When the Minneapolis City Council in 1997 passed a restriction to the city charter concerning the amount of money the city could spend for a new stadium, did it have any meaning? We may find out soon:
State lawmakers will mull Monday night whether to ax a provision in the Vikings stadium bill that effectively nullifies a key section of the Minneapolis Charter.
That could have major implications over whether the stadium will face a citywide vote, per a 1997 charter amendment. The Minneapolis city attorney argues that a referendum isn't legally necessary, but the bill also assures that by overriding the charter altogether.
It's a crucial question, because if the folks at the Capitol decide to let this slide, R. T. Rybak and the gang will ram things through. If not, there will be a vote and the stadium bill is effectively dead unless Rybak, Zygi Wilf and their allies can come up with an alternative funding source, and fast.
You have to wonder -- if the city charter doesn't mean anything when politicians say it doesn't, what was the 1997 vote all about? Was it merely meant to be symbolic? And if the city charter is a dead letter, why not repeal the whole thing? Just a guess -- if the charter is tossed aside, there is almost certainly going to be a court challenge.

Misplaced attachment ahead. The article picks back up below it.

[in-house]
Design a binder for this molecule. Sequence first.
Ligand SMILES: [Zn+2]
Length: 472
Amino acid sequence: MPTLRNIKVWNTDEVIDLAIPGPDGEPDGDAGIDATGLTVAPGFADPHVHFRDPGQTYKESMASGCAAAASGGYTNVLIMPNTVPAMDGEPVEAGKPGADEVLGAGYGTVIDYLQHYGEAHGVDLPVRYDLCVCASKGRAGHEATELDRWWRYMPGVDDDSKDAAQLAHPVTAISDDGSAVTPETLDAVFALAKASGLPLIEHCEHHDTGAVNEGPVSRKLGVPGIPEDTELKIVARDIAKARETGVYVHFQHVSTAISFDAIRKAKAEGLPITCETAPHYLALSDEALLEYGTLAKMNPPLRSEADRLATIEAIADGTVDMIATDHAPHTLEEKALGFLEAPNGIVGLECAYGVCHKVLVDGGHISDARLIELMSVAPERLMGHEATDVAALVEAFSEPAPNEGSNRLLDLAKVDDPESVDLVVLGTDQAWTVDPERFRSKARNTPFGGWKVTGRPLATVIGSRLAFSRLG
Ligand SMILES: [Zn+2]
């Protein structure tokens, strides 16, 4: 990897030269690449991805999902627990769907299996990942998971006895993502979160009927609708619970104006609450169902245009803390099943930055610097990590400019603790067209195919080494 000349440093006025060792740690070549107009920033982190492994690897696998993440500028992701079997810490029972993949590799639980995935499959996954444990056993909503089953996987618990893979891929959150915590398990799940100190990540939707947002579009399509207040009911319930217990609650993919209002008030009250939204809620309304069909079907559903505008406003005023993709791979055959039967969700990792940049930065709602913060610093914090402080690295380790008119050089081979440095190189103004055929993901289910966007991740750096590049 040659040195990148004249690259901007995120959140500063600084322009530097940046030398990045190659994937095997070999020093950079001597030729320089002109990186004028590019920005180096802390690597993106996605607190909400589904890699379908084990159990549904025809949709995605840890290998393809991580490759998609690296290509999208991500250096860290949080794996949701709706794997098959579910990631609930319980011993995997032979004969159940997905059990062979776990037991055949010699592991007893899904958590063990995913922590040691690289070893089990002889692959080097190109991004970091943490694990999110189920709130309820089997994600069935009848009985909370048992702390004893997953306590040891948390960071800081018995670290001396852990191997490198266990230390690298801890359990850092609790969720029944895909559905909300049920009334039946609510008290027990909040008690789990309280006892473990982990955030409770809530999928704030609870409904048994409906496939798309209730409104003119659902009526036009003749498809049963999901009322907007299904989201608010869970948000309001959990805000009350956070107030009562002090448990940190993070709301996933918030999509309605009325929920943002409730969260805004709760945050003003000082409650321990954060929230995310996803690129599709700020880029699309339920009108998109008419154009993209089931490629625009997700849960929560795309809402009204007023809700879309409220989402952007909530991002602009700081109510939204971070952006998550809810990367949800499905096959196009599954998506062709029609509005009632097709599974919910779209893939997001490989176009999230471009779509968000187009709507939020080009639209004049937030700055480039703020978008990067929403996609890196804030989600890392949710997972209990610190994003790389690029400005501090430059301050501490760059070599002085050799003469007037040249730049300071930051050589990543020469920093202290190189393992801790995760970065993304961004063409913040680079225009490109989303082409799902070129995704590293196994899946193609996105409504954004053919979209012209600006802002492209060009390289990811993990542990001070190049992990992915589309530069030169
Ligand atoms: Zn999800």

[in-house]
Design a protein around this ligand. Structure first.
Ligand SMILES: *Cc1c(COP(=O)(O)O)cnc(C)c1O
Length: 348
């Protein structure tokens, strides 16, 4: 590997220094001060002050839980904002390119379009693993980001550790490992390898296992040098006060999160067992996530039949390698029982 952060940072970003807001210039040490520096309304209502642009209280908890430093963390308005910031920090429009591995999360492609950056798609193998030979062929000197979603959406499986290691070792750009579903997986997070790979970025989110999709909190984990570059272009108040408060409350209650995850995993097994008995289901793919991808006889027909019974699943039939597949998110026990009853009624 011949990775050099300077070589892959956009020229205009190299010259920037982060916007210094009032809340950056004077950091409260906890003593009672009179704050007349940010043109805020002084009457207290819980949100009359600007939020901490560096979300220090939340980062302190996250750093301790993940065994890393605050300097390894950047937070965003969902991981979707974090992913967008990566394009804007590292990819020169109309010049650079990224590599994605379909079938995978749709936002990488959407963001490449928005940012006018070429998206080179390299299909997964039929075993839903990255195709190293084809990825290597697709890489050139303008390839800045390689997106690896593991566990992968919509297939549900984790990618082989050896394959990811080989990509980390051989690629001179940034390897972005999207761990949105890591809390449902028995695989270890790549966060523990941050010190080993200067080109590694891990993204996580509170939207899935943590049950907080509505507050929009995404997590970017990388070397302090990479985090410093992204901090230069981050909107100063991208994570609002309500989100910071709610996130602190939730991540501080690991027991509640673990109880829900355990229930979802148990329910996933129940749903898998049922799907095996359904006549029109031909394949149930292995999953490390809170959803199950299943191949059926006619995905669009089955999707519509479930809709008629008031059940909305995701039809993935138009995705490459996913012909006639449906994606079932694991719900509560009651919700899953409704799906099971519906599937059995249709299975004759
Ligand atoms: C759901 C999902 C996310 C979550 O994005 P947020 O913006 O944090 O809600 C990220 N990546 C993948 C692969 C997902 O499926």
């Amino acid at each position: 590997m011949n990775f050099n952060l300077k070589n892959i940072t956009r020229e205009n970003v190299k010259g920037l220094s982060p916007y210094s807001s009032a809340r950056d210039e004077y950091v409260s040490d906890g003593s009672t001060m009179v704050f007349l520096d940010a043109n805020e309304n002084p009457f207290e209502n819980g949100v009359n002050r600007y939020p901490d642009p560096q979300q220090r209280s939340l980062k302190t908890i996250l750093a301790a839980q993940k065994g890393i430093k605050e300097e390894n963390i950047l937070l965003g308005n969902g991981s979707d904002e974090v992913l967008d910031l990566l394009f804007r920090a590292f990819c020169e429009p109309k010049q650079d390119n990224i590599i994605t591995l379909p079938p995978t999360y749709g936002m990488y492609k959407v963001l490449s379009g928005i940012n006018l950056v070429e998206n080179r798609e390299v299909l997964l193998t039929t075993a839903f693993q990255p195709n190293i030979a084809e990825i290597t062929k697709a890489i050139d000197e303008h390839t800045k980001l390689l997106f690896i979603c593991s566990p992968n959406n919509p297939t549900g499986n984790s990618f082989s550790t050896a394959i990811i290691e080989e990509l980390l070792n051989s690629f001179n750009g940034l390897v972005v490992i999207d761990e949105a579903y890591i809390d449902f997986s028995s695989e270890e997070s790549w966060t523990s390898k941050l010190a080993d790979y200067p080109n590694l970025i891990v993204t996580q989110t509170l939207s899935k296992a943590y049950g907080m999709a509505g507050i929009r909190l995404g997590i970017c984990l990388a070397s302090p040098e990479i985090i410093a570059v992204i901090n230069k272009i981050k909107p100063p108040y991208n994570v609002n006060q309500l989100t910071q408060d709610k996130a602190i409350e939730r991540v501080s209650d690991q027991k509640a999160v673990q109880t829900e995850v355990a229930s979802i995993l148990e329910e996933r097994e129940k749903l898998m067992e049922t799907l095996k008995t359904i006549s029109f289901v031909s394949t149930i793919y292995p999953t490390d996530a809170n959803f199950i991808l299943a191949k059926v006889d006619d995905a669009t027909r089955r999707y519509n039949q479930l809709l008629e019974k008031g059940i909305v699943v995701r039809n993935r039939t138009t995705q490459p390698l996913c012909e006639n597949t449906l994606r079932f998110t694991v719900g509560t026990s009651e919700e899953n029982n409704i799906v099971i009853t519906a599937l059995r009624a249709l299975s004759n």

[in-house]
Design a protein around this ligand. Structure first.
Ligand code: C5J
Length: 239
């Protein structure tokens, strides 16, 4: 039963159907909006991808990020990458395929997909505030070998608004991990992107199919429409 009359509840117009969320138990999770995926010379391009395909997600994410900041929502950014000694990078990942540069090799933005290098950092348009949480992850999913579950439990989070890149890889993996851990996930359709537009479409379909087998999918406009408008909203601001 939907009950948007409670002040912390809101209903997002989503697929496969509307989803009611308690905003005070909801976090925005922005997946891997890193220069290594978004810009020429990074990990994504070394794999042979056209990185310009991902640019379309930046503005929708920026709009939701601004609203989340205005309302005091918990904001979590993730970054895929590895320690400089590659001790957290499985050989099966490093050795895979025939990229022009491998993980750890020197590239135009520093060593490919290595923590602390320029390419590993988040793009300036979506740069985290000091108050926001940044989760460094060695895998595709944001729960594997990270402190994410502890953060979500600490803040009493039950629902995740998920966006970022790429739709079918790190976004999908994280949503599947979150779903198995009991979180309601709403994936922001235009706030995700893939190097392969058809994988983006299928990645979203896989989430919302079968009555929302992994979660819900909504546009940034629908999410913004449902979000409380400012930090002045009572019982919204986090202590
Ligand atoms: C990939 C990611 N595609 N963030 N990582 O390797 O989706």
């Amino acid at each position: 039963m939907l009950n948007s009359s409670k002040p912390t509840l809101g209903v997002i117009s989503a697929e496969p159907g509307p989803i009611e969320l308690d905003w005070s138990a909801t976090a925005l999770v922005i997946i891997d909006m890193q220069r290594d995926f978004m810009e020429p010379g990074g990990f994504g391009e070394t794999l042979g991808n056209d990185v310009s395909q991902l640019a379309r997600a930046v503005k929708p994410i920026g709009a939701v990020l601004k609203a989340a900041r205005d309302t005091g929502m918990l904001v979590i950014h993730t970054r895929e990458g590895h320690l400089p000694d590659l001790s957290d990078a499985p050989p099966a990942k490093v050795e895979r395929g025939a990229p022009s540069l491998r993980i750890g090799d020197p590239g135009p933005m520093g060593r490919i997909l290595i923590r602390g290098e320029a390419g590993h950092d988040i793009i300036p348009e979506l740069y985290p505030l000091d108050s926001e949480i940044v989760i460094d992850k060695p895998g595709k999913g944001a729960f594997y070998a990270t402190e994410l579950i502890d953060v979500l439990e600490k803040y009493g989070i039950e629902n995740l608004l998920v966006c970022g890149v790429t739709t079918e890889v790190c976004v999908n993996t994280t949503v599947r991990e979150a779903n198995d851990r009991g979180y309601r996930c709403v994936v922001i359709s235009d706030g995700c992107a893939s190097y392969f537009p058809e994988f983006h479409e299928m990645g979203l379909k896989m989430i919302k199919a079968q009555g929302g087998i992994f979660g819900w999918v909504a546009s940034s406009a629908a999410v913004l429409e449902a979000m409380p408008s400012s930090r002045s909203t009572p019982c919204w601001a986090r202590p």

Meanwhile, as I write, the hearing is underway and there's more ominous news for the Vikings, since once again Mike Opat, the majordomo of the Hennco board, isn't going to backstop the deal if the state's shaky financing portion of the bill comes a cropper:
Hennepin County Board Chair Mike Opat renewed his opposition to backing up any state revenue shortfalls for a Vikings stadium by tapping excess county sales tax revenues now funding the Minnesota Twins' Target Field.
In a strongly-worded letter sent Monday to Senate Majority Leader David Senjem and House Speaker Kurt Zellers, Opat said using the county's 0.15 percent sales tax for a Vikings stadium was "effectively hijacking county revenue."